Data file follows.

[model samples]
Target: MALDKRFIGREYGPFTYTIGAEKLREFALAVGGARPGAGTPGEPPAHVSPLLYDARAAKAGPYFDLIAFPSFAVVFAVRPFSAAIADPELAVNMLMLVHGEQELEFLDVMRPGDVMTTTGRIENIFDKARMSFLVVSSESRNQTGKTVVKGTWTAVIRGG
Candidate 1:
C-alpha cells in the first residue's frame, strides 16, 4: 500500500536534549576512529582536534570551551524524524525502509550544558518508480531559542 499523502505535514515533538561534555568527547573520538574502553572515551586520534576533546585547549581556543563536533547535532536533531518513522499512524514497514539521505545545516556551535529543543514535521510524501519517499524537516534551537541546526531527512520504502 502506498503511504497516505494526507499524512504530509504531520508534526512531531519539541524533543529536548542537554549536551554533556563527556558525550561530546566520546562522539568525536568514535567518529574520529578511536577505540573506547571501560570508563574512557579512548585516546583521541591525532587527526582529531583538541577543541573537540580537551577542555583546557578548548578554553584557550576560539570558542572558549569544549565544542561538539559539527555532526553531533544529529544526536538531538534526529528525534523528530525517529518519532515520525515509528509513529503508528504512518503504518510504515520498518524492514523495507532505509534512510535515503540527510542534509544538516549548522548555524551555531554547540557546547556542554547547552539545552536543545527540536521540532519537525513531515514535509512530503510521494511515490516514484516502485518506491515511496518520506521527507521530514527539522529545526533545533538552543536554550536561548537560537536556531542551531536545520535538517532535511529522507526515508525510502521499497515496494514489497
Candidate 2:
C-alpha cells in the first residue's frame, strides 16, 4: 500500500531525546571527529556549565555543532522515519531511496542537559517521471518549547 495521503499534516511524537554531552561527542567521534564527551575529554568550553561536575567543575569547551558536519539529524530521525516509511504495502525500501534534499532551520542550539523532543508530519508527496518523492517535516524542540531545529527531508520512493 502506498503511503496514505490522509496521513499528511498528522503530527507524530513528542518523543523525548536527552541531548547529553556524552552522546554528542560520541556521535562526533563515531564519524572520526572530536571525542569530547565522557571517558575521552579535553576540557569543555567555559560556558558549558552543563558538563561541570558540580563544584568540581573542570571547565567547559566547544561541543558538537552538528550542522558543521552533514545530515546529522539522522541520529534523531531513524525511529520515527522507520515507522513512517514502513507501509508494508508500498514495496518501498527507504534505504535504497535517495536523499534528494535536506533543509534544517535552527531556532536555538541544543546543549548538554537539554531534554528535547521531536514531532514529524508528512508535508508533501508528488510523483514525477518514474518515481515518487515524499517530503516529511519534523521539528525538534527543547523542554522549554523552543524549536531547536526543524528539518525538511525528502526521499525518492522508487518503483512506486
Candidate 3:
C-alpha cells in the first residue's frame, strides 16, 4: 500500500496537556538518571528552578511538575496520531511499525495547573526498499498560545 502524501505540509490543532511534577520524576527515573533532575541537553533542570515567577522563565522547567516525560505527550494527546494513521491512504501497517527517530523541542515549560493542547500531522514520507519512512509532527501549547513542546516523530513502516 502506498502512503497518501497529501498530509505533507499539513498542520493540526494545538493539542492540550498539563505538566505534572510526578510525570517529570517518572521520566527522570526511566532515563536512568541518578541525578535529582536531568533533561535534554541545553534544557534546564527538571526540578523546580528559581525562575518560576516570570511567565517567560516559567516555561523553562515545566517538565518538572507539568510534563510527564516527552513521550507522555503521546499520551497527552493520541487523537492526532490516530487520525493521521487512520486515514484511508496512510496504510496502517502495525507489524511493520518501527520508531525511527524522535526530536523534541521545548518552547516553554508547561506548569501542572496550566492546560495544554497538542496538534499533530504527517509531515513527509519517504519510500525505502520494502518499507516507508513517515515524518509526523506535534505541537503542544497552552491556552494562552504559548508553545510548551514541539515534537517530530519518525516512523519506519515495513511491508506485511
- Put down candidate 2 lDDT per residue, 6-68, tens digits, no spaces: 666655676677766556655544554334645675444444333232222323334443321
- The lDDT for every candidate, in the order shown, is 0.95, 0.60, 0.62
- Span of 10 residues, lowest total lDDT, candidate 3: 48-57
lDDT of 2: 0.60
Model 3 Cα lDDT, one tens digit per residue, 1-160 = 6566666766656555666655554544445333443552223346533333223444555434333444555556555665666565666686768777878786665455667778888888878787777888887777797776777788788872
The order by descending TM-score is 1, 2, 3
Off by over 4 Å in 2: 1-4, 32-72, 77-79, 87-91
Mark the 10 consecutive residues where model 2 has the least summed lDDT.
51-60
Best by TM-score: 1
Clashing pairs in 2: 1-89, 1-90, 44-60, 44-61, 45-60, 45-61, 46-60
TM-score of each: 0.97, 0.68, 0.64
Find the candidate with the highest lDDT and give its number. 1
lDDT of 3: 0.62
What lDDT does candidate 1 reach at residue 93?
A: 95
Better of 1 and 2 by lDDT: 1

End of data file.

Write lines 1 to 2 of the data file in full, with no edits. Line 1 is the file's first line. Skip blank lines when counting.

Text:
[model samples]
Target: MALDKRFIGREYGPFTYTIGAEKLREFALAVGGARPGAGTPGEPPAHVSPLLYDARAAKAGPYFDLIAFPSFAVVFAVRPFSAAIADPELAVNMLMLVHGEQELEFLDVMRPGDVMTTTGRIENIFDKARMSFLVVSSESRNQTGKTVVKGTWTAVIRGG